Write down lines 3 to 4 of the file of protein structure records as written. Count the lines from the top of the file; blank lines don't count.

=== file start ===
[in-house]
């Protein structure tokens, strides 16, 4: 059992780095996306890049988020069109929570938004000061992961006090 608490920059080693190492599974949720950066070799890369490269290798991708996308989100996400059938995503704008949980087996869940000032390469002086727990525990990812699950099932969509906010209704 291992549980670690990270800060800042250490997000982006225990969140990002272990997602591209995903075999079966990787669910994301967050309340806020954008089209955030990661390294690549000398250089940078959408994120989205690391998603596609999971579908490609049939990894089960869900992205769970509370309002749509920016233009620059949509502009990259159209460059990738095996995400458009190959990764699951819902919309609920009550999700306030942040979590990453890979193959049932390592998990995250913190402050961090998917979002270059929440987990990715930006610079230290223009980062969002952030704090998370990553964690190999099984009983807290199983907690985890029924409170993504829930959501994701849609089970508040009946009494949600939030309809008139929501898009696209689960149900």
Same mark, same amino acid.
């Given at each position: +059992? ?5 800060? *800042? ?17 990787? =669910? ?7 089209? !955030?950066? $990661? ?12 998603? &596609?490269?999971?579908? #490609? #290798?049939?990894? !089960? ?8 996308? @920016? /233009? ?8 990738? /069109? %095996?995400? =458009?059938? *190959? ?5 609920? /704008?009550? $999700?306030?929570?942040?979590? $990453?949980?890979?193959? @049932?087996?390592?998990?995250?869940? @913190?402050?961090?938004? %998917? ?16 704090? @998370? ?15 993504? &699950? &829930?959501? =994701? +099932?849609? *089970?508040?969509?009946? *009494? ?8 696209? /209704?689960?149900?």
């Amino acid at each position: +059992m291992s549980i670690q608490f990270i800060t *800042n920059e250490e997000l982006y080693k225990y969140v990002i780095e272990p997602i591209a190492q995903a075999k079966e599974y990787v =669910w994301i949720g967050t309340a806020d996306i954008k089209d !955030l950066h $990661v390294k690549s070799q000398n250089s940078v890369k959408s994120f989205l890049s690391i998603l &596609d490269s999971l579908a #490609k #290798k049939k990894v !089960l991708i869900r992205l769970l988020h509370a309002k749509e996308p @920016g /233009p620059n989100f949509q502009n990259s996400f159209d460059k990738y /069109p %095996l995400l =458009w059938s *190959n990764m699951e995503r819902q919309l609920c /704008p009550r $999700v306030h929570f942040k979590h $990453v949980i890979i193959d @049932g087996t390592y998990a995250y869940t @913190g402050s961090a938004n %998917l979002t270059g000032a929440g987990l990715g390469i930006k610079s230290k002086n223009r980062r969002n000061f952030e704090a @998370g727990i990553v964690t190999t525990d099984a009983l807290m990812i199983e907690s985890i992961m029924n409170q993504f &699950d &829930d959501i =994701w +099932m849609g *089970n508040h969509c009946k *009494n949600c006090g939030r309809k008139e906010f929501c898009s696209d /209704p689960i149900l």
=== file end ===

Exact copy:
Same mark, same amino acid.
């Given at each position: +059992? ?5 800060? *800042? ?17 990787? =669910? ?7 089209? !955030?950066? $990661? ?12 998603? &596609?490269?999971?579908? #490609? #290798?049939?990894? !089960? ?8 996308? @920016? /233009? ?8 990738? /069109? %095996?995400? =458009?059938? *190959? ?5 609920? /704008?009550? $999700?306030?929570?942040?979590? $990453?949980?890979?193959? @049932?087996?390592?998990?995250?869940? @913190?402050?961090?938004? %998917? ?16 704090? @998370? ?15 993504? &699950? &829930?959501? =994701? +099932?849609? *089970?508040?969509?009946? *009494? ?8 696209? /209704?689960?149900?």